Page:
– Audience size: 40 percent of the global Internet population is a Facebook user.
– Dwell time: The time spent on Facebook per month is 405 minutes, more than all other major social networks combined.
– Media dependency: Sites are starting to get more referral traffic from Facebook than Google Search.

Which leads me to this solution:

Facebook should be the world’s biggest advertising network.

GM quite famously pulled its Facebook advertising budget because it was ineffective inside of Facebook, and it may in fact be right. You could argue Facebook was never designed to be receptive to advertising, in the same way that Twitter isn’t ad-friendly. In fact, the biggest opportunity for Facebook advertising revenues lay outside of its walls.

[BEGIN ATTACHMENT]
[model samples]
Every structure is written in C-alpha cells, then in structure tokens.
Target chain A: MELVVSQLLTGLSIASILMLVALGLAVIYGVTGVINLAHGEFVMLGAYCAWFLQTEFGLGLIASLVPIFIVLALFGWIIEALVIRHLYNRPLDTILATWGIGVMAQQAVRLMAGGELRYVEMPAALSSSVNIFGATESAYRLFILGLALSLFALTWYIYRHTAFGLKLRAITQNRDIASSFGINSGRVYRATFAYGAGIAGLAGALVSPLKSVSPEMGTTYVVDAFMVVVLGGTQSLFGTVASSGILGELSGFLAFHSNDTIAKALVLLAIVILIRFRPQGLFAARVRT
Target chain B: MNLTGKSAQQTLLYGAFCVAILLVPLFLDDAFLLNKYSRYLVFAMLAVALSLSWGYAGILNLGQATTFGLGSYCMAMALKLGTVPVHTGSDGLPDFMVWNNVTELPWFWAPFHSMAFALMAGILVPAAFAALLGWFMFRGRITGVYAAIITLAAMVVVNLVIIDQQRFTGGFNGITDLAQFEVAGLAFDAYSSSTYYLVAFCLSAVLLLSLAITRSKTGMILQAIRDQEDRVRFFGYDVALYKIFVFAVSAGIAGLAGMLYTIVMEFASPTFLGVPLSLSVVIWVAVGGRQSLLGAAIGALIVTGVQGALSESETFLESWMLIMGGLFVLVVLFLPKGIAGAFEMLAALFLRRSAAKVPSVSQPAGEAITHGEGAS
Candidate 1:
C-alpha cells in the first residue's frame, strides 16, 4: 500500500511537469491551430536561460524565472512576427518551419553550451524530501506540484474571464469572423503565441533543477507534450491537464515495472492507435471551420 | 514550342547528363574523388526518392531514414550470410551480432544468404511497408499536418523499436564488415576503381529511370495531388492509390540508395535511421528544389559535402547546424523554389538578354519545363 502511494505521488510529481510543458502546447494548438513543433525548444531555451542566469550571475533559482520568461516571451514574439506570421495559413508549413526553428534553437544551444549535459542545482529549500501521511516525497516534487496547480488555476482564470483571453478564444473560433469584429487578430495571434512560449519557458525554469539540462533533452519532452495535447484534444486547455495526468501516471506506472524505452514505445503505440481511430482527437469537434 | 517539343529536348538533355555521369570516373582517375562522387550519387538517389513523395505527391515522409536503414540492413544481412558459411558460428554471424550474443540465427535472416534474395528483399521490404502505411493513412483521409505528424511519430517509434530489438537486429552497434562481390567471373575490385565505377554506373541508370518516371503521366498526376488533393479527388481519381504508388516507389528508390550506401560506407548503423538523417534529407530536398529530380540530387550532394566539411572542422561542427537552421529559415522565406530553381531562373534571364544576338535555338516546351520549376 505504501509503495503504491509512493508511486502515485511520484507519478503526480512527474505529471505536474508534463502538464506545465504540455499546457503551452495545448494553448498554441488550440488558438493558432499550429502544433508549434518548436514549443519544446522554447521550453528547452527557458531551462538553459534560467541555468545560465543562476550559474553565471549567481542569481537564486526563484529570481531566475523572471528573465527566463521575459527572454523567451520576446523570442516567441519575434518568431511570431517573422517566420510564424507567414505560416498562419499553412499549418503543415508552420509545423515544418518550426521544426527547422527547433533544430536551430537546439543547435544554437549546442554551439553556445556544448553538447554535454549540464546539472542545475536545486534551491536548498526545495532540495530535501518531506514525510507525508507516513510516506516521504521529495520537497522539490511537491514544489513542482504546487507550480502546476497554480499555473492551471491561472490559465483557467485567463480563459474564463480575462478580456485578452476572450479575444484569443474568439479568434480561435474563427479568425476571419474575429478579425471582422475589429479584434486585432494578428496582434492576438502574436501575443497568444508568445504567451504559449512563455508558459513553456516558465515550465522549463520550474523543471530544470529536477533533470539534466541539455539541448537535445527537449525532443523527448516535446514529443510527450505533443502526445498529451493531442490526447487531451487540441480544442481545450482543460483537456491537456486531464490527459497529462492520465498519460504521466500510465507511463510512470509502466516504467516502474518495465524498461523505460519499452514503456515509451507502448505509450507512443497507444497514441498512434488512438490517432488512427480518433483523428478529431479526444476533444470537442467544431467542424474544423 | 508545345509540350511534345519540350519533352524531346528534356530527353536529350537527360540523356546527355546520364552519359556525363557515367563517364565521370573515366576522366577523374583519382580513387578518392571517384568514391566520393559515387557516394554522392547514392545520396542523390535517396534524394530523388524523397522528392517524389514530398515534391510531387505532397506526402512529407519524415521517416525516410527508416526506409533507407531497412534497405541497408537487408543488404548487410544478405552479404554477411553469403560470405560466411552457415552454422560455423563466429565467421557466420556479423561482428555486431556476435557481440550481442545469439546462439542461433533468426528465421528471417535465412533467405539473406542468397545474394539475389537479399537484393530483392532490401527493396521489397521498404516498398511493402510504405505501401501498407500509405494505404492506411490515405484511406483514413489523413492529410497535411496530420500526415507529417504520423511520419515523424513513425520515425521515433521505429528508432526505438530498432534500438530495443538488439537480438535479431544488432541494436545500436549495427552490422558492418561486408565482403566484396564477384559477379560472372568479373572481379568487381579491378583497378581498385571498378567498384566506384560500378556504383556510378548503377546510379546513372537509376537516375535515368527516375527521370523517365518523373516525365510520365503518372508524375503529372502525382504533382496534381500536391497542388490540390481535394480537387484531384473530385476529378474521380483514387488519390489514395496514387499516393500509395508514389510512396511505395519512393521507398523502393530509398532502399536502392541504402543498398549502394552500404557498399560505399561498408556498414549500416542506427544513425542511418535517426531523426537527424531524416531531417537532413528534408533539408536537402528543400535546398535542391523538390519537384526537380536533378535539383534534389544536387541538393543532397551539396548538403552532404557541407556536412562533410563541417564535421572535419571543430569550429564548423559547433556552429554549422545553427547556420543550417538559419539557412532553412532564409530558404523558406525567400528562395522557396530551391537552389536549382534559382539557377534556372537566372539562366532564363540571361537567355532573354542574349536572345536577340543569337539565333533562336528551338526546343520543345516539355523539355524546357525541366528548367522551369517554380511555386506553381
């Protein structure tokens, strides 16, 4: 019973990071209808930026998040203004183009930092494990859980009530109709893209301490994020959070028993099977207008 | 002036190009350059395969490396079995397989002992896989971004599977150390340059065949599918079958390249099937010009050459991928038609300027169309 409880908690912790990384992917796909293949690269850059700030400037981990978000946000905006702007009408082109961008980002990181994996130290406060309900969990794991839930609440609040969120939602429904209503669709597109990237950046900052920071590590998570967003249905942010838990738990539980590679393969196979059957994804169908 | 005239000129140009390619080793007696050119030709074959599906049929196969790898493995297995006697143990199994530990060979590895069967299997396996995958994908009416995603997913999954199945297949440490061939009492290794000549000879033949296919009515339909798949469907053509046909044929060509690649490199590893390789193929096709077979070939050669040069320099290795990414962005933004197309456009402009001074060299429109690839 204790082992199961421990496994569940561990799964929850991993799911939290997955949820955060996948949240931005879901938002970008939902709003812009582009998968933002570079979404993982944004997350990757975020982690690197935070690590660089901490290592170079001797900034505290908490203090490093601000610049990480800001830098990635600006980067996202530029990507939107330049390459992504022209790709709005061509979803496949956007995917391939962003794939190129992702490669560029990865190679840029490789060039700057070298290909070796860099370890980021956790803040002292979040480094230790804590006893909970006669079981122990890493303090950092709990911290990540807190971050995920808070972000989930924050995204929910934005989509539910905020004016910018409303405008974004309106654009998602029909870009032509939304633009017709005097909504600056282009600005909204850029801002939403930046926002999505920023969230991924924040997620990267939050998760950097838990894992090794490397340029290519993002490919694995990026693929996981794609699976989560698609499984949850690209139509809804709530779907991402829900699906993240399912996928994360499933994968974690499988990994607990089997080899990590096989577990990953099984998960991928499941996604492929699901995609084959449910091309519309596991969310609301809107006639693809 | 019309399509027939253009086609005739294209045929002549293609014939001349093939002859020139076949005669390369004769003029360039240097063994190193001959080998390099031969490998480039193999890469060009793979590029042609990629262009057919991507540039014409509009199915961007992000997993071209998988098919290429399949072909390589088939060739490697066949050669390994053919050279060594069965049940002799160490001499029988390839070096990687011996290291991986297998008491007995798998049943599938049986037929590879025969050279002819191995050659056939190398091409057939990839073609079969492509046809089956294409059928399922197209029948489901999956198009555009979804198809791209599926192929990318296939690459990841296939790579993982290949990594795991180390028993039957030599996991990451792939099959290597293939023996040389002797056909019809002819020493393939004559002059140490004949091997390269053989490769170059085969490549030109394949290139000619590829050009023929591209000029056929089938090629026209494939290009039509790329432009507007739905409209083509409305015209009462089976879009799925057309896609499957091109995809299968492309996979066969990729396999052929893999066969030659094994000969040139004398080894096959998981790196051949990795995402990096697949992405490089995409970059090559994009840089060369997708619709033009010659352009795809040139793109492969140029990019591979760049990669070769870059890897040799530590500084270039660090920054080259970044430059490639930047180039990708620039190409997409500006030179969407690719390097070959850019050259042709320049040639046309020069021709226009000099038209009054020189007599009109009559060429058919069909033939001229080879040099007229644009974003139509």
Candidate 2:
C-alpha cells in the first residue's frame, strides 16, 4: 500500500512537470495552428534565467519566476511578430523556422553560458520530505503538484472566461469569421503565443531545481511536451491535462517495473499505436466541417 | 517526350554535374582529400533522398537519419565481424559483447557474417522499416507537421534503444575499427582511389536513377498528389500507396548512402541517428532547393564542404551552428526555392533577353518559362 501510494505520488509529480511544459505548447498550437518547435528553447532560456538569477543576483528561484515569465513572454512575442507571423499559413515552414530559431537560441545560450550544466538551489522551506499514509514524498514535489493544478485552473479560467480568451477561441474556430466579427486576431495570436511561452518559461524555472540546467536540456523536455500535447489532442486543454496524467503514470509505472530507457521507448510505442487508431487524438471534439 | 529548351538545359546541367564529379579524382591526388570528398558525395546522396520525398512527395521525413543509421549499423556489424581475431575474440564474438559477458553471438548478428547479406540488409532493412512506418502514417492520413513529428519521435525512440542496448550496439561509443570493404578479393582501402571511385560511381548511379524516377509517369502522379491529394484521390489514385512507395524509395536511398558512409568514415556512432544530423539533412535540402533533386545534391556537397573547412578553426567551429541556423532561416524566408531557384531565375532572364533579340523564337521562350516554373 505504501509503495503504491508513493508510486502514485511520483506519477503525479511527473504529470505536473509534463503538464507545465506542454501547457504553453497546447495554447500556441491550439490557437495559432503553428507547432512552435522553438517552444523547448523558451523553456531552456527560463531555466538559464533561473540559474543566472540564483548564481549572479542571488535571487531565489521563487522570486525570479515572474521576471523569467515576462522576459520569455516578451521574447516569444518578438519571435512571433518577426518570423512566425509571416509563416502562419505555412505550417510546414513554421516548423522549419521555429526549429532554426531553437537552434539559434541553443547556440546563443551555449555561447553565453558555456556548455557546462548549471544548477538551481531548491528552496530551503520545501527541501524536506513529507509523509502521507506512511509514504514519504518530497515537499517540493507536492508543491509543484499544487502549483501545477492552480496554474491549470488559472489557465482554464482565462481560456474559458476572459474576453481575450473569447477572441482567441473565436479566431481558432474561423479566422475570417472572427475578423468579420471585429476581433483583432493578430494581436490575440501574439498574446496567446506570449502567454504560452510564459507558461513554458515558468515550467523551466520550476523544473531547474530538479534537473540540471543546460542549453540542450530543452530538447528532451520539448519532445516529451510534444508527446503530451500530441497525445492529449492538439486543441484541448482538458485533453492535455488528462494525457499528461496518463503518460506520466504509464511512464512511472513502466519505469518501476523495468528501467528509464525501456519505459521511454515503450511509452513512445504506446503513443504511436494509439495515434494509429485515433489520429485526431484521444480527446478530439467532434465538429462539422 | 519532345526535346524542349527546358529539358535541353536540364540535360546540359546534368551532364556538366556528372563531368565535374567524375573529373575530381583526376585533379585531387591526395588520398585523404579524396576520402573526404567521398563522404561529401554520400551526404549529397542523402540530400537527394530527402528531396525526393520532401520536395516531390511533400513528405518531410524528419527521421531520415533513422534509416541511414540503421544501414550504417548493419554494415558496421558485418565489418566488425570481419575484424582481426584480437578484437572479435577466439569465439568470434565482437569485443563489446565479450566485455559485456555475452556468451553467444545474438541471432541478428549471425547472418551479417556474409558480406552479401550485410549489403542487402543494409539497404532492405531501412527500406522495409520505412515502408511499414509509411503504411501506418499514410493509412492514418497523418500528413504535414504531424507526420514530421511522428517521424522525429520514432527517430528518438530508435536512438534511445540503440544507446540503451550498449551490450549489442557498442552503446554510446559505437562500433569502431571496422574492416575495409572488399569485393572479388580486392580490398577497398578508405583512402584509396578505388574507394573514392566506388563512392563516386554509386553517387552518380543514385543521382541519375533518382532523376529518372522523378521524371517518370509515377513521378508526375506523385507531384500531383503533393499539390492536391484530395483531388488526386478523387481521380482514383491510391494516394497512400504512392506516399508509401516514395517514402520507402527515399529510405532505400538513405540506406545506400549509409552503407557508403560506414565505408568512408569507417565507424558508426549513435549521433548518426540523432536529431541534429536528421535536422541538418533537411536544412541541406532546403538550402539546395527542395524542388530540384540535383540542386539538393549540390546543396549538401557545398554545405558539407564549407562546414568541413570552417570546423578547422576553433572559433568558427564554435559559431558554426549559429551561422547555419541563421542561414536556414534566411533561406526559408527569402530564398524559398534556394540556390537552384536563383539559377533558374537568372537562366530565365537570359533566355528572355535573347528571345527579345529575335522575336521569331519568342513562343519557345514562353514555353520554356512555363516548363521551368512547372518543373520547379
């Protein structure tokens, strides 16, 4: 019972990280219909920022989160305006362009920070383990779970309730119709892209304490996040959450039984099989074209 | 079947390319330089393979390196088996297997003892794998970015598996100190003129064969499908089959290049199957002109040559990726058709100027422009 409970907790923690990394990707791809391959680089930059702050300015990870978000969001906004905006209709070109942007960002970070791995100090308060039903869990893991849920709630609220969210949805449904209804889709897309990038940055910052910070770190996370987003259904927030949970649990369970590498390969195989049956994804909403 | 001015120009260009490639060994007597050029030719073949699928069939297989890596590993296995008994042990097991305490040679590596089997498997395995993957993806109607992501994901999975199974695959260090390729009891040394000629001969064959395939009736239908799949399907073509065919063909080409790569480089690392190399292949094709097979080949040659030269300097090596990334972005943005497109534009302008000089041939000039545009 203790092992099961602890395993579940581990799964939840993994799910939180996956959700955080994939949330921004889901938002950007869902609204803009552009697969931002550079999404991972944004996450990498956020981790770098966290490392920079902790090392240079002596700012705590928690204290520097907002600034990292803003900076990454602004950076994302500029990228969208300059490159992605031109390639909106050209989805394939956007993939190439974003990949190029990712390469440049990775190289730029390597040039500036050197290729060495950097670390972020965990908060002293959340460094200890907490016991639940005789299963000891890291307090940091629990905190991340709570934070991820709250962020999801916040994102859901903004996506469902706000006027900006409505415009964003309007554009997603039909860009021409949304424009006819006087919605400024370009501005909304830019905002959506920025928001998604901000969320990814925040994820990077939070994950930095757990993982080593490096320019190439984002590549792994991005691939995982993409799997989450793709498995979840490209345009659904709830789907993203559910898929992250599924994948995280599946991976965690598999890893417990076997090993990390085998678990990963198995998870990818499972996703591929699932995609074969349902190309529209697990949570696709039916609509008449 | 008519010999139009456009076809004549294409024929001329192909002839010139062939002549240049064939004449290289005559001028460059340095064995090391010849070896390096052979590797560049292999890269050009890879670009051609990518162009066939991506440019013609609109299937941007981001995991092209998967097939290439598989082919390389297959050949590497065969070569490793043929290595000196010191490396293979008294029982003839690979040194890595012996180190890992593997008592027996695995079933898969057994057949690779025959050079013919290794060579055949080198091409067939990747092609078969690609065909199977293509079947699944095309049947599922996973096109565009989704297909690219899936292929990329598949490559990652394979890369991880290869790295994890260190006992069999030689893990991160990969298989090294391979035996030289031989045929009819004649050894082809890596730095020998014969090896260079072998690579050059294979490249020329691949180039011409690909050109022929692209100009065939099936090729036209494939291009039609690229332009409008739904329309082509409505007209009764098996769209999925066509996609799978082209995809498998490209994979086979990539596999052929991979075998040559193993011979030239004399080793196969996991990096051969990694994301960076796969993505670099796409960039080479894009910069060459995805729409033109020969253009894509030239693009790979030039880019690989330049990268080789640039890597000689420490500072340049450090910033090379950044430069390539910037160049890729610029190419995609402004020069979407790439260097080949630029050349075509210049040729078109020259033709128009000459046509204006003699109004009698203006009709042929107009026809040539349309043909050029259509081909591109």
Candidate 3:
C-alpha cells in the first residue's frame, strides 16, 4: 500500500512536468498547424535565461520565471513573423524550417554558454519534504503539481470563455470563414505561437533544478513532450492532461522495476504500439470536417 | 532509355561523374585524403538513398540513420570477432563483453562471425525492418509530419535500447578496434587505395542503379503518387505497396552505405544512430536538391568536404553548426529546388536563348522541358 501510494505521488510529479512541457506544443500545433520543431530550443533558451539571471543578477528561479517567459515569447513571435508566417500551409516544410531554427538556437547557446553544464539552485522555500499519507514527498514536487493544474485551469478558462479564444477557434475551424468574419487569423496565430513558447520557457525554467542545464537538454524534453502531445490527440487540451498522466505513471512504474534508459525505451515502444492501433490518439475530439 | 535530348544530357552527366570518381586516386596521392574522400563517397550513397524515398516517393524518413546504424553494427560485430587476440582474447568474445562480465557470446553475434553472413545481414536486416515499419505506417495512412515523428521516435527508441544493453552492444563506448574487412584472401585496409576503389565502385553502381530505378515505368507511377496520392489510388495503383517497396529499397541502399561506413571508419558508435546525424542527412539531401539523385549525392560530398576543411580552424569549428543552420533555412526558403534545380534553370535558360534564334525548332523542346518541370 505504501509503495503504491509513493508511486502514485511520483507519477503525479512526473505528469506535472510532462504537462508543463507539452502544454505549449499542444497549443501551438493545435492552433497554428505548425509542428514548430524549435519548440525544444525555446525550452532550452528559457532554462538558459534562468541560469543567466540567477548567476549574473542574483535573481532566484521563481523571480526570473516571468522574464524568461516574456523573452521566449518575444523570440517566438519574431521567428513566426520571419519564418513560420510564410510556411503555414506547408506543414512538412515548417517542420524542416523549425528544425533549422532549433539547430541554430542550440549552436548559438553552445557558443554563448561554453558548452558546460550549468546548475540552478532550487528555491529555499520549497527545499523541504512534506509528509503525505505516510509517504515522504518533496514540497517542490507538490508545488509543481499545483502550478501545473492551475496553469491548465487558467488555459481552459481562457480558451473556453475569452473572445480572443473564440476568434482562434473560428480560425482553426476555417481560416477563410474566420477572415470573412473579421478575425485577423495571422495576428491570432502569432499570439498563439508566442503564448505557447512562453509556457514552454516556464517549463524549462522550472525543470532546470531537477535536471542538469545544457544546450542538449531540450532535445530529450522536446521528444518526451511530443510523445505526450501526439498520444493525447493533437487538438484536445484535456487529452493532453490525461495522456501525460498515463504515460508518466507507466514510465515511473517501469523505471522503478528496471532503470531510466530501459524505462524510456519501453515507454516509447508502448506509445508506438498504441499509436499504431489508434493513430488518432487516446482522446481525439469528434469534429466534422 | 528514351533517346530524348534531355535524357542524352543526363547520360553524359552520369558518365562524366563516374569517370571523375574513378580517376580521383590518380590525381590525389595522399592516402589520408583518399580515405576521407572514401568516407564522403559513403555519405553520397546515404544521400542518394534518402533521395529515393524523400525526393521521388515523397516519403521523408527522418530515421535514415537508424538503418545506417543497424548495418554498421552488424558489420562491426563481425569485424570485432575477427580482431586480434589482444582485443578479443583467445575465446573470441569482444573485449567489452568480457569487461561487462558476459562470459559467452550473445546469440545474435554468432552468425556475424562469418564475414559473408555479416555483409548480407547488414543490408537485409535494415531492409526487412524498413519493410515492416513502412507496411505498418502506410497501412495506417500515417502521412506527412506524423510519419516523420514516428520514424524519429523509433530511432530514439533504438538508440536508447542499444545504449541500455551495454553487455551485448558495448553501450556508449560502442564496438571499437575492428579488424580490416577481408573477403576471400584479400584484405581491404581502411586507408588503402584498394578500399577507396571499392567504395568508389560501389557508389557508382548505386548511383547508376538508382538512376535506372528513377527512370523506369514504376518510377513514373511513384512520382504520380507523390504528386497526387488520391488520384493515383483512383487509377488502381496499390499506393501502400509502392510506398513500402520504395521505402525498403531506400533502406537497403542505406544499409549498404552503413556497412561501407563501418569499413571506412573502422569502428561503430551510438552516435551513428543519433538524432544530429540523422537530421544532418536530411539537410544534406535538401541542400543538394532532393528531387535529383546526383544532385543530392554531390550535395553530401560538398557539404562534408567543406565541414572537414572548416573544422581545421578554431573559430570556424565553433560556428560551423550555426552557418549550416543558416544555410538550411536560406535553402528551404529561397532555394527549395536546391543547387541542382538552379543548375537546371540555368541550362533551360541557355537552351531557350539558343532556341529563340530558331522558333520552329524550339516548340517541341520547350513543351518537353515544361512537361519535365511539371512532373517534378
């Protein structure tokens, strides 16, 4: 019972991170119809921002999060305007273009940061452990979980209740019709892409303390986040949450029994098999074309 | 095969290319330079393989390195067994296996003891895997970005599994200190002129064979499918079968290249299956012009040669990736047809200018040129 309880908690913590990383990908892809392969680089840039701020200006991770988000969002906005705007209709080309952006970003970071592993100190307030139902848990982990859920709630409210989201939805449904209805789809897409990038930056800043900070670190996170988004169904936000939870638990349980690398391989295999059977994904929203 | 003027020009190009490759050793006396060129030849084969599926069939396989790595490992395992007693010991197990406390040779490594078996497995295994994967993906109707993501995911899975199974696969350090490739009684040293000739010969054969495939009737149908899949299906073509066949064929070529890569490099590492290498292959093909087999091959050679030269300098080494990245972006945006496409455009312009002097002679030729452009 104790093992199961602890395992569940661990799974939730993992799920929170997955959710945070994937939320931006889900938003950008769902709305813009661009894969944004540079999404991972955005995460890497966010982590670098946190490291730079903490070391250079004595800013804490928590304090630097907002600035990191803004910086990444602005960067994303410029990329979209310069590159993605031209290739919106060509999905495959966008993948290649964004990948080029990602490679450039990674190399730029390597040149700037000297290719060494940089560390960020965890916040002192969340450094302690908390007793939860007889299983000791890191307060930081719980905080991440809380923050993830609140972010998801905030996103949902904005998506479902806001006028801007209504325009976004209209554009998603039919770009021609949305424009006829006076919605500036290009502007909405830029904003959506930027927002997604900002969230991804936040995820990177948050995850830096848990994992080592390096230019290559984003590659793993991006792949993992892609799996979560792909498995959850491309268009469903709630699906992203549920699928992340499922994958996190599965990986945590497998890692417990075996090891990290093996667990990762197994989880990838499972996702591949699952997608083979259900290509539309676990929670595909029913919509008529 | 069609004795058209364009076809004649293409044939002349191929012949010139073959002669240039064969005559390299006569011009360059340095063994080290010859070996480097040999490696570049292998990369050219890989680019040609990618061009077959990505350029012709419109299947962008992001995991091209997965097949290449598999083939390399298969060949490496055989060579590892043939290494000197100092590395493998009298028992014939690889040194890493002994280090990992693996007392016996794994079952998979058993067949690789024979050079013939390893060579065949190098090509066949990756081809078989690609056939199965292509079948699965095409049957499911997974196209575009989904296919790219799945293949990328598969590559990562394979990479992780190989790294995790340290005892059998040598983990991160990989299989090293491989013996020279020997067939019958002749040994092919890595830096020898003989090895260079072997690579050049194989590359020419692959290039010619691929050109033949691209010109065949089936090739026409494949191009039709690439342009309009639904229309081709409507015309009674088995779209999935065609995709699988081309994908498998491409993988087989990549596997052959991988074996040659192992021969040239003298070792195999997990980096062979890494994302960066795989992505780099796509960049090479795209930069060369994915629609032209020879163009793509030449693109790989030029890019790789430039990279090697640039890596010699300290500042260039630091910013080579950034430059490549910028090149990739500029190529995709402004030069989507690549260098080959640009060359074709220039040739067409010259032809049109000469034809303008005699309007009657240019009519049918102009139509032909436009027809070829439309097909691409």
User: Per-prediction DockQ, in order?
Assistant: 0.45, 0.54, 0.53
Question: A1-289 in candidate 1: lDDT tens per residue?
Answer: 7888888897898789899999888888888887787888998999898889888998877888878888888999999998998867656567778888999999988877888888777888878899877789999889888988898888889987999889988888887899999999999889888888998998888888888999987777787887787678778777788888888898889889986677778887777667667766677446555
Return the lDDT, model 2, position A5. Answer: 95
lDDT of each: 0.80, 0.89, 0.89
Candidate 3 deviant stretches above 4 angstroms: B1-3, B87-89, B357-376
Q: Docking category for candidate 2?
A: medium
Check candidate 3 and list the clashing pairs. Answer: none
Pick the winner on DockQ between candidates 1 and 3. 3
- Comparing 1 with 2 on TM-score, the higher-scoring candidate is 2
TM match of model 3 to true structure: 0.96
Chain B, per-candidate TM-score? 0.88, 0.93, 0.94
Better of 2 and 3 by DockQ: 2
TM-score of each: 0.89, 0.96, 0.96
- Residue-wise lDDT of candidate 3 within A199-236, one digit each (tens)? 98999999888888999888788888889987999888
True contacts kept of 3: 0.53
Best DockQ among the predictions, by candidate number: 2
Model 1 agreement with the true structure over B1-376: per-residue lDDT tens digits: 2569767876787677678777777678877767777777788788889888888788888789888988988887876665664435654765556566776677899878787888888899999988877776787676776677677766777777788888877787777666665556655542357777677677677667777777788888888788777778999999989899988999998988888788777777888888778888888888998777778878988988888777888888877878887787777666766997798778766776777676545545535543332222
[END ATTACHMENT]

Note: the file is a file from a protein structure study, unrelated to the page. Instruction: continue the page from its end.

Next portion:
Remember that GM still spends $1.8 billion in advertising per year and probably somewhere between 5-10 percent of that is in digital. How does Facebook factor into the bigger picture?

The answer is in us. If half of the Internet is roaming around with a Facebook profile, we are Facebook’s gigantic Trojan Horse.

Facebook’s product at the end of the day is you and I. A map of 900 million users openly navigating the Internet-connected world and leaving a data trail of our interests and actions everywhere we go. This is the beauty of the Open Graph.

Imagine a world in which every ad you see that’s delivered through the Internet (e.g., mobile, tablet, PC, or TV) is linked to your Facebook Open Graph data. It would be more relevant. It would be more efficient. It would be seamless.